Vice President vs. Majority Leader
“The Vice President of the United States shall be President of the Senate, but shall have no Vote, unless they be equally divided. The Senate shall choose their other Officers, and also a President pro tempore, in the Absence of the Vice President, or when he shall exercise the Office of President of the United States“.
~Constitution, Article I, Section 3, Clause 6-7.
If we still operated under the original Constitution (1789 – 1804), John McCain would be the Chief Executive Officer of the Senate. If we still operated under the Constitution from 1804 to 1913, Joe Biden would be the Chief Executive Officer of the Senate but its membership would consist of Senators chosen by the legislatures in each of the fifty states. In either case the political outlook for America would be quite different from what it is today.
The Senate, as originally constituted, before the rise of organized political parties, provided the balance between the powers of the Executive Branch and the Legislative Branch and between the powers of the federal and state governments. Whether the Twelfth Amendment that changed the way Vice Presidents are elected and the Seventeenth Amendment changing the way Senators are elected, improved on the original structure of government is yet an open question.
In any large organization of humans there will always be at least two points of view on any subject. Furthermore, they will usually be somewhat evenly divided. This seems to be true of human nature in general and has little to do with politics or political parties. Prior to the formation of political parties and the ratification of the Twelfth Amendment in 1804, the Constitution assured the President of the Senate would always represent an opposing view to that of the President since the person holding that office would always be the President‘s chief political rival.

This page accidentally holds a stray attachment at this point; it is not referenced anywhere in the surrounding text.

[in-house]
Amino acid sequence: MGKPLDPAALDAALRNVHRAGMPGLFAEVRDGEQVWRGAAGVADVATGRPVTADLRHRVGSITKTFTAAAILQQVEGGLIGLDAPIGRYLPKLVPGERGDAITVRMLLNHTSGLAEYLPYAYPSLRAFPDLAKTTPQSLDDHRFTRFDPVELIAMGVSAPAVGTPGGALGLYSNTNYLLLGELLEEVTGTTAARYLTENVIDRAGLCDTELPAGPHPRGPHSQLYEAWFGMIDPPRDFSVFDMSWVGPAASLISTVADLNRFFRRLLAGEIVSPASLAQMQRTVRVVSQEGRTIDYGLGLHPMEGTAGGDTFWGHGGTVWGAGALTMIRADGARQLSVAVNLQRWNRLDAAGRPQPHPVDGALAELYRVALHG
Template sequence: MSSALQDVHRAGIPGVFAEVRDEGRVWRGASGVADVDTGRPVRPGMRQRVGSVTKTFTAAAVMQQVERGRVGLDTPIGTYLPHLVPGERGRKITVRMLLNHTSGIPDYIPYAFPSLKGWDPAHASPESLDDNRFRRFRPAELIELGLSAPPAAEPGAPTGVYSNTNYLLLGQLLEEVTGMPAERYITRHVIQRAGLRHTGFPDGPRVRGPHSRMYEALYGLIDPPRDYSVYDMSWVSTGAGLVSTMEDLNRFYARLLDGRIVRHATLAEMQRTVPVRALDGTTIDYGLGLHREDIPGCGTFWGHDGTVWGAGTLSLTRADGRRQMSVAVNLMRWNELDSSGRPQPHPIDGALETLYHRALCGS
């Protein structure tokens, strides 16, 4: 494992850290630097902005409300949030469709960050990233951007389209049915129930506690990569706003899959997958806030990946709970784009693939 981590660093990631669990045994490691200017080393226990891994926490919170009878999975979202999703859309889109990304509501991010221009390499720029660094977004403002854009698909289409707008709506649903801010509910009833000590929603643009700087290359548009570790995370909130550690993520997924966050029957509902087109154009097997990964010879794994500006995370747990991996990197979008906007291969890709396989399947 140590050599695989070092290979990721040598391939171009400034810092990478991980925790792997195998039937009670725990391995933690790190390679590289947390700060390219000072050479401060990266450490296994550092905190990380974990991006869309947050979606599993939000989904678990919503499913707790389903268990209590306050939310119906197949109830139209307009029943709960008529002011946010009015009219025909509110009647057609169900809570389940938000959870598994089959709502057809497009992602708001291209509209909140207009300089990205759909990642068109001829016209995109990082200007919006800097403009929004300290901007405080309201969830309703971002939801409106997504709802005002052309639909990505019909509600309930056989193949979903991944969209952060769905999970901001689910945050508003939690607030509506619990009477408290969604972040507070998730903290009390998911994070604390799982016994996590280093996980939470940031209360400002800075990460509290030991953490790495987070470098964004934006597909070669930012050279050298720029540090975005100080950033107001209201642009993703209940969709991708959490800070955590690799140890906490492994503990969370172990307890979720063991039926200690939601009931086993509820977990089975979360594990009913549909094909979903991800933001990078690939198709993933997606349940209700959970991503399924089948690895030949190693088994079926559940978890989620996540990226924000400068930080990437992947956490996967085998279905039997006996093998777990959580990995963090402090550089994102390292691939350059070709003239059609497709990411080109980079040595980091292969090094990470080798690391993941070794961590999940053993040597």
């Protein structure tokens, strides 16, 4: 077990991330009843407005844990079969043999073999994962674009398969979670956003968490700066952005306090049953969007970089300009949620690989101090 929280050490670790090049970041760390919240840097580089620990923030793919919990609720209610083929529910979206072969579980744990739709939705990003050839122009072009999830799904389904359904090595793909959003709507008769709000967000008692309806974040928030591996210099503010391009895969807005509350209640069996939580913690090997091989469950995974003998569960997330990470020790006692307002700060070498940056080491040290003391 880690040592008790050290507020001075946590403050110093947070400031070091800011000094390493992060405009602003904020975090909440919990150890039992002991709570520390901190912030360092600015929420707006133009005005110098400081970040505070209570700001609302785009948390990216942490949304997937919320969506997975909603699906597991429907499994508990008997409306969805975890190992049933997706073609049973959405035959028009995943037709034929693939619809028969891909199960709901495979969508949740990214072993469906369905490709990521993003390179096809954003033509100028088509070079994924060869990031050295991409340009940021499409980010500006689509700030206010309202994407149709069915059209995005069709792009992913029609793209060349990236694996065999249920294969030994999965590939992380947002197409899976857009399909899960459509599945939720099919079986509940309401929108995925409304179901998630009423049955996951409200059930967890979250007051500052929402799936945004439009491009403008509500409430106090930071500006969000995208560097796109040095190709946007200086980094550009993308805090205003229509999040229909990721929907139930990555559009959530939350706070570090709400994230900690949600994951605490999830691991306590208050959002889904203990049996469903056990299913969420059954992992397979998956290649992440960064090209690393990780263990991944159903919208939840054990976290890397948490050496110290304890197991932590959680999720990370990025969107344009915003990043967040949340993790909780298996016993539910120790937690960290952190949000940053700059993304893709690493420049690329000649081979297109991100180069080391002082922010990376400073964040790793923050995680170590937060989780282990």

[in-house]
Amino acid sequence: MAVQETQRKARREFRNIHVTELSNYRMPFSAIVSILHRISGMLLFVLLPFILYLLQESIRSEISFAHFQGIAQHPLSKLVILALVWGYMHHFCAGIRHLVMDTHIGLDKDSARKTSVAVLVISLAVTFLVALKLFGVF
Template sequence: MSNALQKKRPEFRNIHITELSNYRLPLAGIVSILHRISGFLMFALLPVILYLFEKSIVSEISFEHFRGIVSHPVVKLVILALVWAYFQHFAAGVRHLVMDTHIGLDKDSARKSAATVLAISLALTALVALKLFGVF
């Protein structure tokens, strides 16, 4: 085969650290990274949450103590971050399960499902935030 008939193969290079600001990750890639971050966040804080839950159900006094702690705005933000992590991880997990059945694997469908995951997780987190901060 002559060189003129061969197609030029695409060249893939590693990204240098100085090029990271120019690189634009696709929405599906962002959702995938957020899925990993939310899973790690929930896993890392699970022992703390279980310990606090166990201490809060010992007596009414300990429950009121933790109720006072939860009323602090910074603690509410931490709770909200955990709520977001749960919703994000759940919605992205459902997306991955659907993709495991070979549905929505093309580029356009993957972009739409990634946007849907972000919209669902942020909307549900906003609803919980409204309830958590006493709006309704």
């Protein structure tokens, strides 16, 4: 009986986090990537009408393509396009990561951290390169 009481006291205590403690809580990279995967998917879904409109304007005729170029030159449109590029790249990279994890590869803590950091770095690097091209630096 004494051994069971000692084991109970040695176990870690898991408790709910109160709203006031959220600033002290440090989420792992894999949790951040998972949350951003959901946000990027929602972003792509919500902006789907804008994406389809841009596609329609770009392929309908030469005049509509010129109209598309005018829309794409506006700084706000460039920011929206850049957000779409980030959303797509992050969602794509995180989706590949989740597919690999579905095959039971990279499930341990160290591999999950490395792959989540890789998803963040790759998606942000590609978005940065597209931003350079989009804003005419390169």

In the election of 1796 John Adams, founder of the Federalist Party, after serving eight years as Vice President under President Washington, received the majority of electoral votes to become President. Thomas Jefferson, founder of the Democratic – Republican Party, received the second highest number and became the Vice President. The conflict between the two parties, and between the President and Vice President was so intense during the Adams administration that after Jefferson was elected President in 1801 to succeed Adams, the Twelfth Amendment was proposed and ratified.
The purpose of the Twelfth Amendment was to guarantee that the President and the President of the Senate would be of the same Party. This arrangement made for a more amiable relationship between the Senate and the President but tipped the balance of power in favor of the Executive Branch. A second unforeseen consequence of having the President of the Senate of the same Party as the President was to encourage ambitious Vice Presidents to consider the office primarily as a possible stepping-stone to the Presidency.
With an eye on the next election, the Vice President was further encouraged to keep a low profile during his term in office and avoid controversy. This led to the custom of considering the office of Vice President as a ceremonial one whose primary responsibility was to replace the President should he become unable to serve, and to count the electoral votes every four years. There are a number of reasons to believe the Framers intended the office of Vice President to be the Chief Executive Officer of the Senate performing many of the functions performed today by the Senate Majority Leader.